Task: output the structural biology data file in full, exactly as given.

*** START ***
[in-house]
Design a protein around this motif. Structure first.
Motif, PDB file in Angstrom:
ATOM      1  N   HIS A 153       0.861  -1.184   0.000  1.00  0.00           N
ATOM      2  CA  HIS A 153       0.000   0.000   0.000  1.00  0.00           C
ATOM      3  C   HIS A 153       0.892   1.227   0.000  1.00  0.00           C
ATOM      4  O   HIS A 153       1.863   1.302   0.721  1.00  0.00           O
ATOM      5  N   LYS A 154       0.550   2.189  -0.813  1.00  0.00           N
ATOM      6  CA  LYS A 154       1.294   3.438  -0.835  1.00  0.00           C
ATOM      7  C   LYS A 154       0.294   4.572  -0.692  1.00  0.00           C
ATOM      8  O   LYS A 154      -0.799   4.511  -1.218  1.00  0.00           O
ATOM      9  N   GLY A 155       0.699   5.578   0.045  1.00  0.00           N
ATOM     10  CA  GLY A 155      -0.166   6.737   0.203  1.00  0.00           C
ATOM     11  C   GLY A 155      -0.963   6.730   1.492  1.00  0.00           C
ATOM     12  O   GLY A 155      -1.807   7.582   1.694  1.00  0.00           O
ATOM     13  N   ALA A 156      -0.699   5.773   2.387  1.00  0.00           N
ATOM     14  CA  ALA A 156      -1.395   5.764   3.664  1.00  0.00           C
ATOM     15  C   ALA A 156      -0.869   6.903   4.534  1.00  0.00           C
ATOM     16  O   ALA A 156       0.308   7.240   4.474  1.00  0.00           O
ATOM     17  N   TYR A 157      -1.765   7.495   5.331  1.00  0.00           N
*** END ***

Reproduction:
[in-house]
Design a protein around this motif. Structure first.
Motif, PDB file in Angstrom:
ATOM      1  N   HIS A 153       0.861  -1.184   0.000  1.00  0.00           N
ATOM      2  CA  HIS A 153       0.000   0.000   0.000  1.00  0.00           C
ATOM      3  C   HIS A 153       0.892   1.227   0.000  1.00  0.00           C
ATOM      4  O   HIS A 153       1.863   1.302   0.721  1.00  0.00           O
ATOM      5  N   LYS A 154       0.550   2.189  -0.813  1.00  0.00           N
ATOM      6  CA  LYS A 154       1.294   3.438  -0.835  1.00  0.00           C
ATOM      7  C   LYS A 154       0.294   4.572  -0.692  1.00  0.00           C
ATOM      8  O   LYS A 154      -0.799   4.511  -1.218  1.00  0.00           O
ATOM      9  N   GLY A 155       0.699   5.578   0.045  1.00  0.00           N
ATOM     10  CA  GLY A 155      -0.166   6.737   0.203  1.00  0.00           C
ATOM     11  C   GLY A 155      -0.963   6.730   1.492  1.00  0.00           C
ATOM     12  O   GLY A 155      -1.807   7.582   1.694  1.00  0.00           O
ATOM     13  N   ALA A 156      -0.699   5.773   2.387  1.00  0.00           N
ATOM     14  CA  ALA A 156      -1.395   5.764   3.664  1.00  0.00           C
ATOM     15  C   ALA A 156      -0.869   6.903   4.534  1.00  0.00           C
ATOM     16  O   ALA A 156       0.308   7.240   4.474  1.00  0.00           O
ATOM     17  N   TYR A 157      -1.765   7.495   5.331  1.00  0.00           N